Rite Aid says facility management business and insurance companies failed to defend them from injury suit

By Nicholas Malfitano | Nov 6, 2017

Rite Aid  

PHILADELPHIA – Rite Aid and its subsidiaries have initiated legal action against a facility management business and a pair of insurance companies, for allegedly not indemnifying and defending them from an underlying personal injury lawsuit.

Rite Aid Hdqtrs Corp. (doing business as “Rite Aid Corporation”), Maxi Drug South, L.P. and PJC of Rhode Island, Inc., all of Camp Hill, filed suit in the Philadelphia County Court of Common Pleas on Oct. 27 versus Springwise Facility Management, Inc. of South Bend, Ind., Liberty Surplus Insurance Corporation of Boston, Mass. and Employers Mutual Casualty Company of Des Moines, Iowa.

On Sept. 3, 2015, Jessica Antonio-Brady filed a personal injury complaint against a number of defendants, including the plaintiffs in the instant case, Springwise and Classic Seal Coating, Inc. In the underlying complaint, Antonio-Brady alleged she was injured by ice and snow on the property of a Rite Aid Pharmacy store located in Central Falls, R.I. on Jan. 30, 2014.

During that time, the plaintiffs and Springwise were allegedly parties to a valid and enforceable contract requiring:

-Springwise to provide all snow and ice removal services at the property; 

-Springwise to indemnify and defend the plaintiffs from any liability and other costs resulting from its obligations under the contract; and

-Requiring Springwise to carry comprehensive general liability insurance for $5 million, for both personal injury perils and contractual liability.

Springwise then obtained an insurance policy with Liberty, which designated the plaintiffs as “additional insureds” on the policy, the suit says.

Springwise then entered into a similar sub-contract with Classic Seal Coating, Inc. to perform all snow and ice removal services at the property, the suit says.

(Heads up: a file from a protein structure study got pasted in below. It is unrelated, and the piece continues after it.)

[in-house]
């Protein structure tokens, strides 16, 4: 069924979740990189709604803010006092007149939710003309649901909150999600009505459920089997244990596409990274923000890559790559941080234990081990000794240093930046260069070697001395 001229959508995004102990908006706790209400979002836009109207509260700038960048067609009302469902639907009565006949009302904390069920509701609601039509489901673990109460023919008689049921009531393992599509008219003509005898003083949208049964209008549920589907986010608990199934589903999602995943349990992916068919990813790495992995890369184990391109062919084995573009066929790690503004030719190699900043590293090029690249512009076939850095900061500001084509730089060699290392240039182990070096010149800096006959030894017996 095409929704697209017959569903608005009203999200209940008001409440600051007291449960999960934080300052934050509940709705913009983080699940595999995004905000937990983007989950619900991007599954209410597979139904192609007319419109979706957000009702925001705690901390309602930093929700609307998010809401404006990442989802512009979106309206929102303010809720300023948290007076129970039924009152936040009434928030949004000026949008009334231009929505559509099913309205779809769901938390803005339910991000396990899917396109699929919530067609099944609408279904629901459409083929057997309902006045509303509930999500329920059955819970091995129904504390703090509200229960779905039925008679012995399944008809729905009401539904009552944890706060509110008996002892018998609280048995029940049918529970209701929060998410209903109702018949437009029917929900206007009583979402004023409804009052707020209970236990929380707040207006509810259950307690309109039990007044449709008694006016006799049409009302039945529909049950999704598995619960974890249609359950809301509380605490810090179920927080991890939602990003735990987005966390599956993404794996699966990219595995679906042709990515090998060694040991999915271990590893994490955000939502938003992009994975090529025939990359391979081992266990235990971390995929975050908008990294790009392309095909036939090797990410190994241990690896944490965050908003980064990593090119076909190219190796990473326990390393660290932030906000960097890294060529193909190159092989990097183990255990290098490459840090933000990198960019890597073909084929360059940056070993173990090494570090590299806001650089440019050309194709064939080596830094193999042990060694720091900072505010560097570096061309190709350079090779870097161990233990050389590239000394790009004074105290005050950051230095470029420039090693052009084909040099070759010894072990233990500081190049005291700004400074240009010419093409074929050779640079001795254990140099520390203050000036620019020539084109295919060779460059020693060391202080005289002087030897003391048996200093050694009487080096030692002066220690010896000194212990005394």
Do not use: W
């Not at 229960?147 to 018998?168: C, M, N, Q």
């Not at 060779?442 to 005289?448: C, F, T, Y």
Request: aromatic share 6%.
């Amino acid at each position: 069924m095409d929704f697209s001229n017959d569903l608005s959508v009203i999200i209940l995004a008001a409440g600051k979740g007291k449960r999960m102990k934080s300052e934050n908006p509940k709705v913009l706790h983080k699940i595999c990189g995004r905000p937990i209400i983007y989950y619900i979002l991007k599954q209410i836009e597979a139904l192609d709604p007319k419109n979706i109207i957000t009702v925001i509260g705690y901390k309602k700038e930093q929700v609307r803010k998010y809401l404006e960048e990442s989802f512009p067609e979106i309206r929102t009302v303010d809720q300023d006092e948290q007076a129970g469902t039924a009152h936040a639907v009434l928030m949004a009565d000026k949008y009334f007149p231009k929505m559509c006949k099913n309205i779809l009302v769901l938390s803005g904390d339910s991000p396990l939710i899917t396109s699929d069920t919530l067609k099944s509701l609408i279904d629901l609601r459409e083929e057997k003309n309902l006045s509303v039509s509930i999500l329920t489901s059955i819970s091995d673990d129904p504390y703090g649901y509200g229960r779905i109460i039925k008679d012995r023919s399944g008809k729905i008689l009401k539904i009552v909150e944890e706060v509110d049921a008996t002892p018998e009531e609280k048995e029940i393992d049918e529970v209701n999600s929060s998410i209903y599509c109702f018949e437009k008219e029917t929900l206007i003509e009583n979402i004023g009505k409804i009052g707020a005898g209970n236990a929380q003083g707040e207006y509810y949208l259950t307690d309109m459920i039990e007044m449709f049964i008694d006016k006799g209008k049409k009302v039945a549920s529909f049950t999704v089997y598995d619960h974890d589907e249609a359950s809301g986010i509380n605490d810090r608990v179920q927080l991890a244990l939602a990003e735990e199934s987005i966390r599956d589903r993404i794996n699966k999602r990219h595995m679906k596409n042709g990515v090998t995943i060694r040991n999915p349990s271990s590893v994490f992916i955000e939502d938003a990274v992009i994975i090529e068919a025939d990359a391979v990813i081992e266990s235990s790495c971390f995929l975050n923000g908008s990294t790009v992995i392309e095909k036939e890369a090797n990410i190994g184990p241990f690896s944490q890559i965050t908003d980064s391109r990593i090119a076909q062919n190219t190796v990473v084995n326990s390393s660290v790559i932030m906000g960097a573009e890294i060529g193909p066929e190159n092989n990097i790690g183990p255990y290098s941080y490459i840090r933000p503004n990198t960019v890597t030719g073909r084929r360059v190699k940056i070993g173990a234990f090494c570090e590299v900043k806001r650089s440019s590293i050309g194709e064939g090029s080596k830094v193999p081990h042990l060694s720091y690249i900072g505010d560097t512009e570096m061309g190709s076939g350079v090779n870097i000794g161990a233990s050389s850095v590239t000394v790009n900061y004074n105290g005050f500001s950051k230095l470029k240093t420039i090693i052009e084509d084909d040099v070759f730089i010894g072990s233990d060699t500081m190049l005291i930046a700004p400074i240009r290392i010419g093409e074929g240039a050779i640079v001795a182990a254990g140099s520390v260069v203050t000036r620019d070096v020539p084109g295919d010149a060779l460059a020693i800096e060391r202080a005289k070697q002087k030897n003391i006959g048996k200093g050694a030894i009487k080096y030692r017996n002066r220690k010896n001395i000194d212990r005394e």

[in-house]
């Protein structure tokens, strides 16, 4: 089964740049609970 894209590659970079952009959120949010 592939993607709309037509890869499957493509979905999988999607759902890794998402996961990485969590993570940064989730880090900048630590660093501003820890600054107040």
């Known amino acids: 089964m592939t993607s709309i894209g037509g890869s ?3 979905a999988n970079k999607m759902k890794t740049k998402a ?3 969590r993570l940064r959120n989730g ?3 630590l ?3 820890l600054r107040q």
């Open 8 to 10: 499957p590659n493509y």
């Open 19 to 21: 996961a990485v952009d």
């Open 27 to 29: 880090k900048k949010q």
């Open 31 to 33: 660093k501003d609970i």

The plaintiffs tendered their defense to Springwise on June 16, 2015, to which Springwise acknowledged its receipt and replied that it had, in turn, tendered the matter to the service provider (Classic Seal) and notified the service provider’s insurance carrier (Employers Mutual), as well as its own insurance carrier (Liberty), the suit says.

“After the Antonio-Brady complaint was filed, Liberty and Springwise retained counsel to defend Rite Aid Hdqtrs. Corp. However, despite continued requests to do so, Liberty and Springwise refused to defend Maxi and PJC, the wholly-owned subsidiaries of Rite Aid that were also named in the complaint. Likewise, Employers Mutual refused to defend Rite Aid, Maxi and PJC. Due to the defendants’ failure to comply with their contractual obligations under the contracts and the insurance policies, Rite Aid was forced to incur costs defending the Antonio-Brady complaint,” the suit says.

For multiple counts of breach of contract and bad faith, the plaintiffs are seeking compensatory damages, punitive damages and attorney’s fees not in excess of $50,000, in addition to interest equal to the prime rate plus three percent, costs and all other damages deemed appropriate at trial.

The plaintiffs are represented by Gregory J. Mann of Donnelly & Associates, in Conshohocken.

Philadelphia County Court of Common Pleas case 171003581

From the Pennsylvania Record: Reach Courts Reporter Nicholas Malfitano at nickpennrecord@gmail.com

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